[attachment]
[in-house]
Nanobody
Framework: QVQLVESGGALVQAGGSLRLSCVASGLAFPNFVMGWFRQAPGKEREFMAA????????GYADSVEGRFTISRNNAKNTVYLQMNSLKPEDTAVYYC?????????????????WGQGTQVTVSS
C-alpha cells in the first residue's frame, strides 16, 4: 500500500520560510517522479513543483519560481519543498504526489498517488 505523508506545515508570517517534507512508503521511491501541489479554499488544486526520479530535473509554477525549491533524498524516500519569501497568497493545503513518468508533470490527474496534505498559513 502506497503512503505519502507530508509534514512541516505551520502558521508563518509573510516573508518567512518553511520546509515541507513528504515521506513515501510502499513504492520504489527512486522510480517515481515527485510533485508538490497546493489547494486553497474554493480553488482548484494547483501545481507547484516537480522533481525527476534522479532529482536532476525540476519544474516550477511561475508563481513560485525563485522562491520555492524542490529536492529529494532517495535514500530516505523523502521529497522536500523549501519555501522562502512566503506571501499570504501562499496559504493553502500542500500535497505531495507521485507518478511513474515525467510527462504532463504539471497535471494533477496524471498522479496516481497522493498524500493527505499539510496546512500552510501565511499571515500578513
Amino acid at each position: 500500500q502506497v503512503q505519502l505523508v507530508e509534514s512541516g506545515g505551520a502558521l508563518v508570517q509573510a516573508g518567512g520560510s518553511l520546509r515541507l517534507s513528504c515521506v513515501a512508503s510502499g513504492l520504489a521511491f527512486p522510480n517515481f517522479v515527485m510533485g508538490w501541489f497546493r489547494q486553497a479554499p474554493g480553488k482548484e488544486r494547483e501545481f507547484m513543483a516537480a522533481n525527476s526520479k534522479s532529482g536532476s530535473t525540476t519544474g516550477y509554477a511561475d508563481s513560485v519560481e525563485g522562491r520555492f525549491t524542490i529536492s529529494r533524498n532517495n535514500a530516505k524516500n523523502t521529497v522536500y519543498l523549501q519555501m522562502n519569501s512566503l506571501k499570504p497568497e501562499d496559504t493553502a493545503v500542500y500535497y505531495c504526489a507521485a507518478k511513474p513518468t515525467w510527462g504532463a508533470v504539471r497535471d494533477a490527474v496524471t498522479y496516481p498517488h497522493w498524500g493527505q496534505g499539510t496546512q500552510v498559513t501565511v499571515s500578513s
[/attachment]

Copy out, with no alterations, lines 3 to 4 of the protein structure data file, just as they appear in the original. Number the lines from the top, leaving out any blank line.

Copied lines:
Framework: QVQLVESGGALVQAGGSLRLSCVASGLAFPNFVMGWFRQAPGKEREFMAA????????GYADSVEGRFTISRNNAKNTVYLQMNSLKPEDTAVYYC?????????????????WGQGTQVTVSS
C-alpha cells in the first residue's frame, strides 16, 4: 500500500520560510517522479513543483519560481519543498504526489498517488 505523508506545515508570517517534507512508503521511491501541489479554499488544486526520479530535473509554477525549491533524498524516500519569501497568497493545503513518468508533470490527474496534505498559513 502506497503512503505519502507530508509534514512541516505551520502558521508563518509573510516573508518567512518553511520546509515541507513528504515521506513515501510502499513504492520504489527512486522510480517515481515527485510533485508538490497546493489547494486553497474554493480553488482548484494547483501545481507547484516537480522533481525527476534522479532529482536532476525540476519544474516550477511561475508563481513560485525563485522562491520555492524542490529536492529529494532517495535514500530516505523523502521529497522536500523549501519555501522562502512566503506571501499570504501562499496559504493553502500542500500535497505531495507521485507518478511513474515525467510527462504532463504539471497535471494533477496524471498522479496516481497522493498524500493527505499539510496546512500552510501565511499571515500578513